The Lithuanian tenor Edgaras Montvidas sings Belmonte in Glyndebourne’s new production of Die Entführung aus dem Serail, which opens this weekend. He found time to answer a few questions in the midst of rehearsals…
OMH: Your Lensky at last year’s Glyndebourne Festival was much admired so your Belmonte will be eagerly anticipated! Can you say a little about what it’s like to prepare a role at Glyndebourne, and how it is different to other venues?
EM: First of all I’d like to say that Glyndebourne is one of most amazing places in which to work, its location, its nature, and moreover its incredible music staff and stage management professionalism attract so many of us to come here. Every time I’m here I feel like I’m on an island of the arts where nothing else exists, your troubles are far away and you can immerse yourself entirely in opera!
This is my fourth time in Glyndebourne (I did Alfredo with GTO, a few years later I jumped in as Lensky, then was re-invited to perform this role again last year and now I’m Belmonte) and I was very fortunate to work with such directors as Graham Vick and David McVicar. Normally we have up to six weeks of rehearsals, so that’s enough to dig deep into the character, find every possible angle to tell the story… Nowadays it’s a luxury to have this timeframe.
OMH: Belmonte is an exceptionally demanding role, longer than most of the other great tenor parts and requiring much more in the way of combining acting with singing than, say, Don Ottavio. What would you say is the secret to ‘surviving’ it?
EM: I like being on stage more than sitting in my dressing room, I think I’m more of a ‘long distance runner’, so it’s perfect for me. This must be my seventh production of Entführung, I’ve sung Belmonte in Frankfurt, Munich, Berlin and Hamburg, as well as Amsterdam and Trieste… It is indeed a long evening for a tenor, this part sits quite high and requires soft singing but at the same time a ‘meaty’ voice as well as doing a lot of running about, so the comparison with a long distance athlete is not far off the mark.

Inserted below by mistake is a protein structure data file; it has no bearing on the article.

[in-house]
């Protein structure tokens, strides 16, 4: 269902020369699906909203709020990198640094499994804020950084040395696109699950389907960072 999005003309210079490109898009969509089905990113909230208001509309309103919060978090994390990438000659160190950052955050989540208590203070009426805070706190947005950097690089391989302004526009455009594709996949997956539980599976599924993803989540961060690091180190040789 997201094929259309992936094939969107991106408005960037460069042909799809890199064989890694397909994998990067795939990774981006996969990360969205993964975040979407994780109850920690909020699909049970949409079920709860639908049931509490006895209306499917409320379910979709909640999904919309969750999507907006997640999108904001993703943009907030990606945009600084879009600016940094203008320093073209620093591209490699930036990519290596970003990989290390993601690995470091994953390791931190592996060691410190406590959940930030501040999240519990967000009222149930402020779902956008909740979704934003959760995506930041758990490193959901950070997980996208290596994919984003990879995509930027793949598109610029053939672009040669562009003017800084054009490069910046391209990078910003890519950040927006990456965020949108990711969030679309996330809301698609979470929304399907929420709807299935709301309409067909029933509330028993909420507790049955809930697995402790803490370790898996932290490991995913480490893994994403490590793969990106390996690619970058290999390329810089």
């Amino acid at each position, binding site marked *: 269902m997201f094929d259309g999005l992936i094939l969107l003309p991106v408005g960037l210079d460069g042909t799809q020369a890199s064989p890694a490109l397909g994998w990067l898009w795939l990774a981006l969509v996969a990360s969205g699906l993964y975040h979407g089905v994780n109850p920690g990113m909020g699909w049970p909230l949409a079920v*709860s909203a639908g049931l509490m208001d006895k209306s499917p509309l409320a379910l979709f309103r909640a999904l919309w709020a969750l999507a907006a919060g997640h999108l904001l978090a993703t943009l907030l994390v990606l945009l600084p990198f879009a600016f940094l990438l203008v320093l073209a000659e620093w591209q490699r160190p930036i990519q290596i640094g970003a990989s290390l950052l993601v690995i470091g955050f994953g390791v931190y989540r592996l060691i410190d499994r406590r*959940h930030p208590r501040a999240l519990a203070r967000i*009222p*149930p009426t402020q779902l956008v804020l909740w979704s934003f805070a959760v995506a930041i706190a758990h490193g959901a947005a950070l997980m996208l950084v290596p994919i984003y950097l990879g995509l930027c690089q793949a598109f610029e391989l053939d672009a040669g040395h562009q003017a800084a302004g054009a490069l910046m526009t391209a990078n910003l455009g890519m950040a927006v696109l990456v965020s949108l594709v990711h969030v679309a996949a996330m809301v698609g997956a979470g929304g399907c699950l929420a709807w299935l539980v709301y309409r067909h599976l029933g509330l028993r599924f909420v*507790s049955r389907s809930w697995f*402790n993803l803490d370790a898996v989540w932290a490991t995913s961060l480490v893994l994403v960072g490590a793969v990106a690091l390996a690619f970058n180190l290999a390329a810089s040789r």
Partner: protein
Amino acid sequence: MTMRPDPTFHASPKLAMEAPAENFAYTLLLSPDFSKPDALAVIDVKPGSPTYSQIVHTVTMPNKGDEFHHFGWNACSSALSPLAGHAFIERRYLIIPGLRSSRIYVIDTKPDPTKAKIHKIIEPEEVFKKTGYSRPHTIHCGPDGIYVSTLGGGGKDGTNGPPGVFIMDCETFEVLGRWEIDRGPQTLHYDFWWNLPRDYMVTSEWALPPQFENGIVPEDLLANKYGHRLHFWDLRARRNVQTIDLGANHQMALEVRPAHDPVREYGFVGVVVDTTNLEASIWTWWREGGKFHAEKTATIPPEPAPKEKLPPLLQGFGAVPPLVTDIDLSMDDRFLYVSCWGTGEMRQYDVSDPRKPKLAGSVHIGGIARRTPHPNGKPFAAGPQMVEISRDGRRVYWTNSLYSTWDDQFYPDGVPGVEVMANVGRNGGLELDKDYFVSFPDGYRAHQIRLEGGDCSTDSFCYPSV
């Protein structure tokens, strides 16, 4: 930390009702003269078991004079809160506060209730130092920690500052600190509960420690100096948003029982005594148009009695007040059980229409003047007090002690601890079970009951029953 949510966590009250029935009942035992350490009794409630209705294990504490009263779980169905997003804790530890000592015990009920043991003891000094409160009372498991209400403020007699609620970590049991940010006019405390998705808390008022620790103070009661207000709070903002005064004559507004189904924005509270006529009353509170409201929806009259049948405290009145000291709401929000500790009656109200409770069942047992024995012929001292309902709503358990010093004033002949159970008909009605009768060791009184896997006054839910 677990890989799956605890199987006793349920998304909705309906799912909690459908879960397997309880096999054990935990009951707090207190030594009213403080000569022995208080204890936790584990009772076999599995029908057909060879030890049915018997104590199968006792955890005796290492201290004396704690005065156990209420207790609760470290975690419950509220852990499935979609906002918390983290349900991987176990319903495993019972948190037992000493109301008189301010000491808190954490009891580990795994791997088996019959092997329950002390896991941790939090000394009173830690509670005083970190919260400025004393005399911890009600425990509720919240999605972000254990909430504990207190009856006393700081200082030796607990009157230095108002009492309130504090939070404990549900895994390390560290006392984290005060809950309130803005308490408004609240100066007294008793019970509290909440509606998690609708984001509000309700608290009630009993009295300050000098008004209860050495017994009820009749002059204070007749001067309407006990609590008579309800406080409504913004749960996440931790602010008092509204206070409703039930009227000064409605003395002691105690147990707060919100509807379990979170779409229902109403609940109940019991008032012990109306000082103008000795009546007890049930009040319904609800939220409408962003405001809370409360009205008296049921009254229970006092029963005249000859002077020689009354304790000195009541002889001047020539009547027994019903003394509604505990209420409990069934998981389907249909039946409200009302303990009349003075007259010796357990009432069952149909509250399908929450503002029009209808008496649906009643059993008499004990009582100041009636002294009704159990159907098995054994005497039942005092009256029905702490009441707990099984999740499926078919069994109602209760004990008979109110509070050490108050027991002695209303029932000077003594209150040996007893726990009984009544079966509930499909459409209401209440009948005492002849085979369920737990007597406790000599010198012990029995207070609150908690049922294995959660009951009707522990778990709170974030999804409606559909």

OMH: Some tenors feel that Belmonte needs rescuing from dullness. Do you have sympathy for this view?
EM: I don’t think Belmonte needs rescuing, in general I think that every singer should be eager to find an interesting angle to portray its character, to be interesting on stage, to give it life and blood!
There’s never a two-dimensional character – good or bad. No character is this black or white – there are always so many shades.
OMH: You have worked with many diverse directors, including Graham Vick for Eugene Onegin and now David McVicar for Entführung. Have any of them in particular influenced you?
EM: They both are so different, their temperament, work style, and yet they both have this enormous respect for music with the ability to tell the story elegantly and touchingly.
OMH: You received much praise for your Tom Rakewell in The Rake’s Progress, also with McVicar. Do you have any plans to take on other roles sung in English, possibly some Britten?
EM: If I’m offered them and if it suits my voice, then yes, very much so!
OMH: What is your view of Regietheater? Do you think that the roles of the director and singer have sometimes become unbalanced in favour of the former?